Turkey's President Recep Tayyip Erdogan says the world should not be silent to the humanitarian crisis in Syria's Idlib as it disappears like Aleppo did.
Syria's Idlib faces gradual devastation, just like Aleppo did in the war-torn country, Turkish President Recep Tayyip Erdogan said on Tuesday.
His remarks came at a press conference following a meeting with Czech Prime Minister Andrej Babis at the presidential complex in capital Ankara.
"Idlib is slowly disappearing. Idlib is in a situation that it started to disappear and become torn down in a way Aleppo is. It is not possible to stay silent against this," the Turkish president said.
Erdogan also said he would make all necessary contacts with parties in the region to find a solution to the Idlib situation.
"Turkey is not expelling and closing its doors to refugees, but we will be happy if we can help the establishment of a safe zone [in Syria]."
Babis, for his part, hailed Erdogan’s proposal on Syria safe zone, saying: "Turkey doesn’t want money, but a safe zone with schools, houses and investment inside it."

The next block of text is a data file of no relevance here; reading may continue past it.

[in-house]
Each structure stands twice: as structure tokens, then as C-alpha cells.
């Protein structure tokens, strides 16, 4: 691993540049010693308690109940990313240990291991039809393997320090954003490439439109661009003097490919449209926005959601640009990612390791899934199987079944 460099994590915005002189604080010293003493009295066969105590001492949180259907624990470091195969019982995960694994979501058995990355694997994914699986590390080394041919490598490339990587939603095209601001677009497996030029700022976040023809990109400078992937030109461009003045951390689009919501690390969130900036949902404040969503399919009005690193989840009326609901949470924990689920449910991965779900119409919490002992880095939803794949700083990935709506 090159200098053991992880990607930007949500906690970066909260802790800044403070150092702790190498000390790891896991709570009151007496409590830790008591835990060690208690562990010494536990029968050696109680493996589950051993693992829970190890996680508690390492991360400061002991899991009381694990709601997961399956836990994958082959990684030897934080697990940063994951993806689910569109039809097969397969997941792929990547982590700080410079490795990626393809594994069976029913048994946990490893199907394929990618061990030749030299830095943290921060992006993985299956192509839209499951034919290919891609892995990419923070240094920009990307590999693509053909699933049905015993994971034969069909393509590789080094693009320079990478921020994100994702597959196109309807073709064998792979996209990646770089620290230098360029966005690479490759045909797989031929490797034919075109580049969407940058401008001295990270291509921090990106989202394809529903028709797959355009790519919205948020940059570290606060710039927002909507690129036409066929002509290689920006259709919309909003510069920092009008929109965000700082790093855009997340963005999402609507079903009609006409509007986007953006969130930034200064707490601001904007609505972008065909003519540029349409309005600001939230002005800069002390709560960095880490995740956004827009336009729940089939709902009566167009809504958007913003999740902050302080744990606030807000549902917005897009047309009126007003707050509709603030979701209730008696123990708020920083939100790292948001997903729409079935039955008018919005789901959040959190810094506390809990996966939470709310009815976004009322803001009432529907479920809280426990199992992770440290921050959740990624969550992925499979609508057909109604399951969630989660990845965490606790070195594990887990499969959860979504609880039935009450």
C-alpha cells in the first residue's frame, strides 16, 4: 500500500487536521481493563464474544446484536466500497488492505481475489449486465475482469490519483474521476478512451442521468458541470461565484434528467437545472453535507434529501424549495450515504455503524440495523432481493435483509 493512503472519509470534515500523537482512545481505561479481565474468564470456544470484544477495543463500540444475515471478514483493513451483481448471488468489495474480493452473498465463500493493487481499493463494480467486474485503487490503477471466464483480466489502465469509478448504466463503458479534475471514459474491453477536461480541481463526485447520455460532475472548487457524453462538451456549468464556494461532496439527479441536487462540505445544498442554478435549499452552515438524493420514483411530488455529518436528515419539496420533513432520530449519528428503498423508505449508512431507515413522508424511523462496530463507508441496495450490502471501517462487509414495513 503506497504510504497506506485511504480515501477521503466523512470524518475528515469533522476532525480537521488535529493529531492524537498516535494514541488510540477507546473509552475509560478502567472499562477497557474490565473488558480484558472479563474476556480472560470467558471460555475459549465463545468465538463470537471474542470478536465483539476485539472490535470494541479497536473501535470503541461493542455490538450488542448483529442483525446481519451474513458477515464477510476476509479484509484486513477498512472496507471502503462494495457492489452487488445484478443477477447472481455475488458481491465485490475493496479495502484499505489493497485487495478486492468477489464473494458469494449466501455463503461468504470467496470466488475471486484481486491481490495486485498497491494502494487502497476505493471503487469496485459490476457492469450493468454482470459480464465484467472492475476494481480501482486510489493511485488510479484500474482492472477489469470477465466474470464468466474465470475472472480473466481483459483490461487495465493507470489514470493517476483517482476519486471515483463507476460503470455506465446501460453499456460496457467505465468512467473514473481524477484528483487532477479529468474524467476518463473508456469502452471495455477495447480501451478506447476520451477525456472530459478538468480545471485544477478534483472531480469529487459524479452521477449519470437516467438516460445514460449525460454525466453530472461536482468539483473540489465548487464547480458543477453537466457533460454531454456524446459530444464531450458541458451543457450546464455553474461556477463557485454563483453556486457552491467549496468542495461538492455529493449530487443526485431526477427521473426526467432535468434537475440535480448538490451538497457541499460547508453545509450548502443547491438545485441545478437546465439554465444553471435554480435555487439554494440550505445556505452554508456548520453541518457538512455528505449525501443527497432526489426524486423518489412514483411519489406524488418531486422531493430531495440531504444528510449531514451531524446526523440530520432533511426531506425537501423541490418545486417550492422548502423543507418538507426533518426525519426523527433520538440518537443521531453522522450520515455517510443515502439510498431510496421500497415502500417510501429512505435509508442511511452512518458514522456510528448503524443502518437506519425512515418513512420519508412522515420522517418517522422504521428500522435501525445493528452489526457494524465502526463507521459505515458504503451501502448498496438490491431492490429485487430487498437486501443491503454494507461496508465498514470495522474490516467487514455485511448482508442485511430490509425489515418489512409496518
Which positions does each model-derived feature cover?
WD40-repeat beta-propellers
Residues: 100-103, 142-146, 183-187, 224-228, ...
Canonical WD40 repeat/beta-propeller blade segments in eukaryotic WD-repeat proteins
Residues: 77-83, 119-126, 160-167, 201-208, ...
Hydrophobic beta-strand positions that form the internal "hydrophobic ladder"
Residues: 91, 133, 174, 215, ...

Also addressing the bilateral trade relations with Turkey, Babis said the trade volume between two countries could be increased.
The Czech premier underlined the great cooperation potential between the two countries, especially in areas such as energy and defence.
“We would like to see Turkish companies in our country," Babis said, mentioning the opportunities in the construction area.
Last Saturday, Erdogan said Turkey will apply its own plan of action, if Turkish soldiers are not allowed to control the safe zone in Syria.
In three weeks, on the sidelines of the UN General Assembly session, Turkey will use the last possibility to find a compromise with the US on building a safe zone along the eastern line of the Euphrates River, he said.
Since 2016, Turkey has conducted two major military operations in northwestern Syria, Operations Euphrates Shield and Olive Branch, to purge the region of terrorist groups Daesh and the YPG, which is the Syrian branch of the PKK terrorist organisation.
In its more than 30-year terror campaign against Turkey, the PKK, listed as a terrorist organisation by Turkey, the US and the EU, has been responsible for the deaths of some 40,000 people, including women, children, and infants.